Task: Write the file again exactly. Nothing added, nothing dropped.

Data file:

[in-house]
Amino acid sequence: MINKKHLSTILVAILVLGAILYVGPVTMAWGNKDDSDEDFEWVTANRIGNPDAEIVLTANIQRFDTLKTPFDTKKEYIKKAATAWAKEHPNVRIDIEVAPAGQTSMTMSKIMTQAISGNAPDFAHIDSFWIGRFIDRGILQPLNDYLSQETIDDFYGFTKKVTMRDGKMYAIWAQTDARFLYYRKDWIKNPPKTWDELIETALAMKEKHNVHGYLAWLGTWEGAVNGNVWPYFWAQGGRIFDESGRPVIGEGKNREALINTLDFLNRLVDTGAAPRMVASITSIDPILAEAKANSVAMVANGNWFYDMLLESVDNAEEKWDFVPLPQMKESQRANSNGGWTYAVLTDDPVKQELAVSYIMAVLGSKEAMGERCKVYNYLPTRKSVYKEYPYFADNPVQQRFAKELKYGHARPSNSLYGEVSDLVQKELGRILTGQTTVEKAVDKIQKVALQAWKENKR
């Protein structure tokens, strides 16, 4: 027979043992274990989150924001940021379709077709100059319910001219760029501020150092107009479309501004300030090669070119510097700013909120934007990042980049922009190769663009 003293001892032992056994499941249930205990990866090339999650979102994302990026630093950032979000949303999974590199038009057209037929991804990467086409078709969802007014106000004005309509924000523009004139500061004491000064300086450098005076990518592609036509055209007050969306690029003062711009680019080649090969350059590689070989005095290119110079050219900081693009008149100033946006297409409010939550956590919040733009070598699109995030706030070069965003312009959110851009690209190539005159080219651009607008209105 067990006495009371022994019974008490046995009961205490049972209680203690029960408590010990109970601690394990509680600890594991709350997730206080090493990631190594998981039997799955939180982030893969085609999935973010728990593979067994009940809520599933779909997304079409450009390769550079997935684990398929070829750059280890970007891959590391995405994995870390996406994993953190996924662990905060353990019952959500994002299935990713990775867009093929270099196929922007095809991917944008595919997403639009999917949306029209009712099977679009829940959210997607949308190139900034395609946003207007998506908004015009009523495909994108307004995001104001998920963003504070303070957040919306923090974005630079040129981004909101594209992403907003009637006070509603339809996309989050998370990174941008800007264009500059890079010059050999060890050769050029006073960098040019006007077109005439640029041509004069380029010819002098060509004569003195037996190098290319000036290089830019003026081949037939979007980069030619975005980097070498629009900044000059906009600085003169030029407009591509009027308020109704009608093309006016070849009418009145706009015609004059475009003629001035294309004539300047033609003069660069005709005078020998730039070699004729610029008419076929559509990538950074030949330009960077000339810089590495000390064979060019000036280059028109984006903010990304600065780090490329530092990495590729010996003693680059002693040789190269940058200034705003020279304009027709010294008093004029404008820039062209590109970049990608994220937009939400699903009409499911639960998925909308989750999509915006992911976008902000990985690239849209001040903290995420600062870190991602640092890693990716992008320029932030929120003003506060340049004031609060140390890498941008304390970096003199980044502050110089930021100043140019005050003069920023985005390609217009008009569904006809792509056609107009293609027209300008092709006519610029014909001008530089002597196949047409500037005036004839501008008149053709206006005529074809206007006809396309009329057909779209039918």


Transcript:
[in-house]
Amino acid sequence: MINKKHLSTILVAILVLGAILYVGPVTMAWGNKDDSDEDFEWVTANRIGNPDAEIVLTANIQRFDTLKTPFDTKKEYIKKAATAWAKEHPNVRIDIEVAPAGQTSMTMSKIMTQAISGNAPDFAHIDSFWIGRFIDRGILQPLNDYLSQETIDDFYGFTKKVTMRDGKMYAIWAQTDARFLYYRKDWIKNPPKTWDELIETALAMKEKHNVHGYLAWLGTWEGAVNGNVWPYFWAQGGRIFDESGRPVIGEGKNREALINTLDFLNRLVDTGAAPRMVASITSIDPILAEAKANSVAMVANGNWFYDMLLESVDNAEEKWDFVPLPQMKESQRANSNGGWTYAVLTDDPVKQELAVSYIMAVLGSKEAMGERCKVYNYLPTRKSVYKEYPYFADNPVQQRFAKELKYGHARPSNSLYGEVSDLVQKELGRILTGQTTVEKAVDKIQKVALQAWKENKR
């Protein structure tokens, strides 16, 4: 027979043992274990989150924001940021379709077709100059319910001219760029501020150092107009479309501004300030090669070119510097700013909120934007990042980049922009190769663009 003293001892032992056994499941249930205990990866090339999650979102994302990026630093950032979000949303999974590199038009057209037929991804990467086409078709969802007014106000004005309509924000523009004139500061004491000064300086450098005076990518592609036509055209007050969306690029003062711009680019080649090969350059590689070989005095290119110079050219900081693009008149100033946006297409409010939550956590919040733009070598699109995030706030070069965003312009959110851009690209190539005159080219651009607008209105 067990006495009371022994019974008490046995009961205490049972209680203690029960408590010990109970601690394990509680600890594991709350997730206080090493990631190594998981039997799955939180982030893969085609999935973010728990593979067994009940809520599933779909997304079409450009390769550079997935684990398929070829750059280890970007891959590391995405994995870390996406994993953190996924662990905060353990019952959500994002299935990713990775867009093929270099196929922007095809991917944008595919997403639009999917949306029209009712099977679009829940959210997607949308190139900034395609946003207007998506908004015009009523495909994108307004995001104001998920963003504070303070957040919306923090974005630079040129981004909101594209992403907003009637006070509603339809996309989050998370990174941008800007264009500059890079010059050999060890050769050029006073960098040019006007077109005439640029041509004069380029010819002098060509004569003195037996190098290319000036290089830019003026081949037939979007980069030619975005980097070498629009900044000059906009600085003169030029407009591509009027308020109704009608093309006016070849009418009145706009015609004059475009003629001035294309004539300047033609003069660069005709005078020998730039070699004729610029008419076929559509990538950074030949330009960077000339810089590495000390064979060019000036280059028109984006903010990304600065780090490329530092990495590729010996003693680059002693040789190269940058200034705003020279304009027709010294008093004029404008820039062209590109970049990608994220937009939400699903009409499911639960998925909308989750999509915006992911976008902000990985690239849209001040903290995420600062870190991602640092890693990716992008320029932030929120003003506060340049004031609060140390890498941008304390970096003199980044502050110089930021100043140019005050003069920023985005390609217009008009569904006809792509056609107009293609027209300008092709006519610029014909001008530089002597196949047409500037005036004839501008008149053709206006005529074809206007006809396309009329057909779209039918």